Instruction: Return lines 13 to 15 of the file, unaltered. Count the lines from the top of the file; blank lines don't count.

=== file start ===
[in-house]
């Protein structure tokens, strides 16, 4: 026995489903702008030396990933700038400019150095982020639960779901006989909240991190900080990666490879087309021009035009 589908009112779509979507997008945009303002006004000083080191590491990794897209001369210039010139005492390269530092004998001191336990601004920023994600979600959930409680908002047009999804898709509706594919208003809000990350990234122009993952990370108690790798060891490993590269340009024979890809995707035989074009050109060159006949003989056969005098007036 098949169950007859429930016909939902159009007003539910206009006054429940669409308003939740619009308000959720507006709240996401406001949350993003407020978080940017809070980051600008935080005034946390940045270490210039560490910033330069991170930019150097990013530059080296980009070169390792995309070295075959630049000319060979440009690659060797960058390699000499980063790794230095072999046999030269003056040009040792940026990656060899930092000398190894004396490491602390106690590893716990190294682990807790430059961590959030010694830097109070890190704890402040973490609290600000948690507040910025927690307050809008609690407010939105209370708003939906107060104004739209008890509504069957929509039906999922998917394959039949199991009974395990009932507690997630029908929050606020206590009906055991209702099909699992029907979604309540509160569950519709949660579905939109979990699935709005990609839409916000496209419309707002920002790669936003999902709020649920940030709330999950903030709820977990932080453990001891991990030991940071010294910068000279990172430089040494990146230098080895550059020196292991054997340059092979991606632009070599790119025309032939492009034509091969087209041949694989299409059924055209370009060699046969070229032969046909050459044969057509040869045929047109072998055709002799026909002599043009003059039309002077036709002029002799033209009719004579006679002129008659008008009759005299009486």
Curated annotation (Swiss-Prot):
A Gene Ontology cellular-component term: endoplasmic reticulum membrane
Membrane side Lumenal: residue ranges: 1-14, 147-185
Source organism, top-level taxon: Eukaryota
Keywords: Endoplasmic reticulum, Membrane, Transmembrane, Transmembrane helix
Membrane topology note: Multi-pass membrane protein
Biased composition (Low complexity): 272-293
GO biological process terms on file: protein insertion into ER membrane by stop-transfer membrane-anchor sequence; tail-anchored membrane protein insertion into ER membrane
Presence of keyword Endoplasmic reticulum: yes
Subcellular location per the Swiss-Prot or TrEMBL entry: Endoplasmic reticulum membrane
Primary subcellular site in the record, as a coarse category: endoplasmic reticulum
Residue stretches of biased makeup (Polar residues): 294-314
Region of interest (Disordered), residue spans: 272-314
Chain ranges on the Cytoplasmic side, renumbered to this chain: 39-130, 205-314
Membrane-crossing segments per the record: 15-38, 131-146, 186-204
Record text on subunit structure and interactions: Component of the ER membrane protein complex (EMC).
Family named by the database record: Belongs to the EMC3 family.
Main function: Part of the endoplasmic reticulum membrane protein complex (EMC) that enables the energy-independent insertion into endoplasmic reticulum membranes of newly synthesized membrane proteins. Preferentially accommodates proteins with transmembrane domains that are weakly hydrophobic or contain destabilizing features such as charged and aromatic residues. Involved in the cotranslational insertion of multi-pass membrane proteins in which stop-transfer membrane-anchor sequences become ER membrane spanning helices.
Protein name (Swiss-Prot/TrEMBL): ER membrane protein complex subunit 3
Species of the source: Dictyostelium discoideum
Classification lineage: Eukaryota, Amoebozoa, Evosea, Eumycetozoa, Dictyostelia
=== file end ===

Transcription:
Primary subcellular site in the record, as a coarse category: endoplasmic reticulum
Residue stretches of biased makeup (Polar residues): 294-314
Region of interest (Disordered), residue spans: 272-314